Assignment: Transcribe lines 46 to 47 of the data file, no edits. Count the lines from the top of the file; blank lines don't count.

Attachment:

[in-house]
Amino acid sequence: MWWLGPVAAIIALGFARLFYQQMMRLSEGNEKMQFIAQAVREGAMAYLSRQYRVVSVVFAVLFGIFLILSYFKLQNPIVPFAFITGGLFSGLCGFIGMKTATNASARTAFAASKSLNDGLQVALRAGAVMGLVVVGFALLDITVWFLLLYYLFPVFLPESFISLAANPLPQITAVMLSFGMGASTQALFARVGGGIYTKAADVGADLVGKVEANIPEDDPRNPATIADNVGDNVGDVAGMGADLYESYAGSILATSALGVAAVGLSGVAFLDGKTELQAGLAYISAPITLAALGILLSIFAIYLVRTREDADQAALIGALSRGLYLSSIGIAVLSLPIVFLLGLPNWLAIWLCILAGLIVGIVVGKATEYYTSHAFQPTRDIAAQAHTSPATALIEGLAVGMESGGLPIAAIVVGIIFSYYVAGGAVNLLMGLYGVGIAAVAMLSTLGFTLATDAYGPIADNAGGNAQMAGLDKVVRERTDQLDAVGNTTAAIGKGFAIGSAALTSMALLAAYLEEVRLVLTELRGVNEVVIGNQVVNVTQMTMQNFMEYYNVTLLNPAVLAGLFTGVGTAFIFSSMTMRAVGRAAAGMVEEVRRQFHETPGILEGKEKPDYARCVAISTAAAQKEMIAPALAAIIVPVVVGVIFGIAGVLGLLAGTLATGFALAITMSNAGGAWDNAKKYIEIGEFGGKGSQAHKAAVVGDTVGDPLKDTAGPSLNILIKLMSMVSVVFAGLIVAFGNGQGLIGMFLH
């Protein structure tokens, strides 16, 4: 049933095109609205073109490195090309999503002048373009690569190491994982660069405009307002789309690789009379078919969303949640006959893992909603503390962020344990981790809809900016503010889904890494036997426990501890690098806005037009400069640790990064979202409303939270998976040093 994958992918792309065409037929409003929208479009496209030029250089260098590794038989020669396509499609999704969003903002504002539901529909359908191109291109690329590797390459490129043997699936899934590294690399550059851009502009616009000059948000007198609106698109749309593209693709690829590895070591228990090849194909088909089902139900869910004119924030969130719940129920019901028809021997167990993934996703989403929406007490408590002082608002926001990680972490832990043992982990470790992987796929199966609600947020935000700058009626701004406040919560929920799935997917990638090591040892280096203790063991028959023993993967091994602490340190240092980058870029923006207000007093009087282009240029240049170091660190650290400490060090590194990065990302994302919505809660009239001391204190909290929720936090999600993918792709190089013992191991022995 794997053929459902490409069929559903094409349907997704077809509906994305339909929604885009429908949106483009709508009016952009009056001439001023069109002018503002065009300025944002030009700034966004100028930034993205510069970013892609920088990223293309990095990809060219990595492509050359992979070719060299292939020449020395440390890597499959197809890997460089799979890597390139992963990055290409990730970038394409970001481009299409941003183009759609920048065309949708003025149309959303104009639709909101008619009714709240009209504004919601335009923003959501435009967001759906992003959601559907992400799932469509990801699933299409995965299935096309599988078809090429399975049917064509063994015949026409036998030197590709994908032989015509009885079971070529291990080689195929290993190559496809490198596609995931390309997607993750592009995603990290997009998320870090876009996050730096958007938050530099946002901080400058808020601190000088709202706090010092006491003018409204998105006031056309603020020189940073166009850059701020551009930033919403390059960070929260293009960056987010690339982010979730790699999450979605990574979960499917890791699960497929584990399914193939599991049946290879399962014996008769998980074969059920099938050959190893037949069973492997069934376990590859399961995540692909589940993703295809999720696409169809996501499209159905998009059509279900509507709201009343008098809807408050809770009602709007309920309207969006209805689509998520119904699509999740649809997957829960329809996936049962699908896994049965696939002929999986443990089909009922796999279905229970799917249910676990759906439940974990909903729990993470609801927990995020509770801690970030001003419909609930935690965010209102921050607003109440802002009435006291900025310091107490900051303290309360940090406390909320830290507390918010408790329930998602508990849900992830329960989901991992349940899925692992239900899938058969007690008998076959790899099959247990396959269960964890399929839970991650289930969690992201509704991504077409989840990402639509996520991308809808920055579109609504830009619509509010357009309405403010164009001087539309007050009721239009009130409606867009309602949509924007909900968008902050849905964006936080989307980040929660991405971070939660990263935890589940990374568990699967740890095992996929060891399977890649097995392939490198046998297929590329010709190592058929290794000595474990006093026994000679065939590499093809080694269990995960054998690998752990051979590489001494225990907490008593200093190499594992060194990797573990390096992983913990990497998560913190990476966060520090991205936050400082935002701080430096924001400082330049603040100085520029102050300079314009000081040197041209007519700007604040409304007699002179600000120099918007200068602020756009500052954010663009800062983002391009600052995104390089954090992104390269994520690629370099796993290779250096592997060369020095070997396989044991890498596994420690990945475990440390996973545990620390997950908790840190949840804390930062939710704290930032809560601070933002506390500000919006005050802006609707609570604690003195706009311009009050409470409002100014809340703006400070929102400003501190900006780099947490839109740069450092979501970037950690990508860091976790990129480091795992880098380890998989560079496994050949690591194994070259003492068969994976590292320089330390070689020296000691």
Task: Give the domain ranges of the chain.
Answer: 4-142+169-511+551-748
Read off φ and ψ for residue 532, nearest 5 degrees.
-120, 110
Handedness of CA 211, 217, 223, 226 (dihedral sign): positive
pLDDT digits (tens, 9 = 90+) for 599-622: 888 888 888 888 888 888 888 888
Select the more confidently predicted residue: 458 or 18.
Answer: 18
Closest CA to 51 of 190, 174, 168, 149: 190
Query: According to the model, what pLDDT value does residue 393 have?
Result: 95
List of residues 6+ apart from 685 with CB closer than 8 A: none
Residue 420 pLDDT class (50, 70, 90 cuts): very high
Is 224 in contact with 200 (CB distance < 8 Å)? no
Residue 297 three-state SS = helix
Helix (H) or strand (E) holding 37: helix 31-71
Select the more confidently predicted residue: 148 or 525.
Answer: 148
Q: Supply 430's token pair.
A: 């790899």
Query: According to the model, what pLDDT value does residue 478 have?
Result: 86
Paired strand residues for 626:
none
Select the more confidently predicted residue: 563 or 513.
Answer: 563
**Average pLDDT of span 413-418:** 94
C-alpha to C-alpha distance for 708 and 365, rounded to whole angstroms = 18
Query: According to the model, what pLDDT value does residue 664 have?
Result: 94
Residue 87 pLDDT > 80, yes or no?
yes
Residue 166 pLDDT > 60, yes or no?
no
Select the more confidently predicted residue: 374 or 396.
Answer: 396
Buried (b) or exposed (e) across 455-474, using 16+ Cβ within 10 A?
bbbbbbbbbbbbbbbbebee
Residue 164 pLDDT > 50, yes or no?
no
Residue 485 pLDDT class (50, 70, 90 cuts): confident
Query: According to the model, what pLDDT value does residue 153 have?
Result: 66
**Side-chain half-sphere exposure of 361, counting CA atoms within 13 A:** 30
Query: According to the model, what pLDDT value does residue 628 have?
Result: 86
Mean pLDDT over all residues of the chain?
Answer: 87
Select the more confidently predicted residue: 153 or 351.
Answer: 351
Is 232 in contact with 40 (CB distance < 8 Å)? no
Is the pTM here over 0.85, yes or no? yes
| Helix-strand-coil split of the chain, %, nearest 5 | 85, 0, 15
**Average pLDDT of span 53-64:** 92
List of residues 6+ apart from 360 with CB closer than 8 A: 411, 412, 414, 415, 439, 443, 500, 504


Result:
Result: 66
**Side-chain half-sphere exposure of 361, counting CA atoms within 13 A:** 30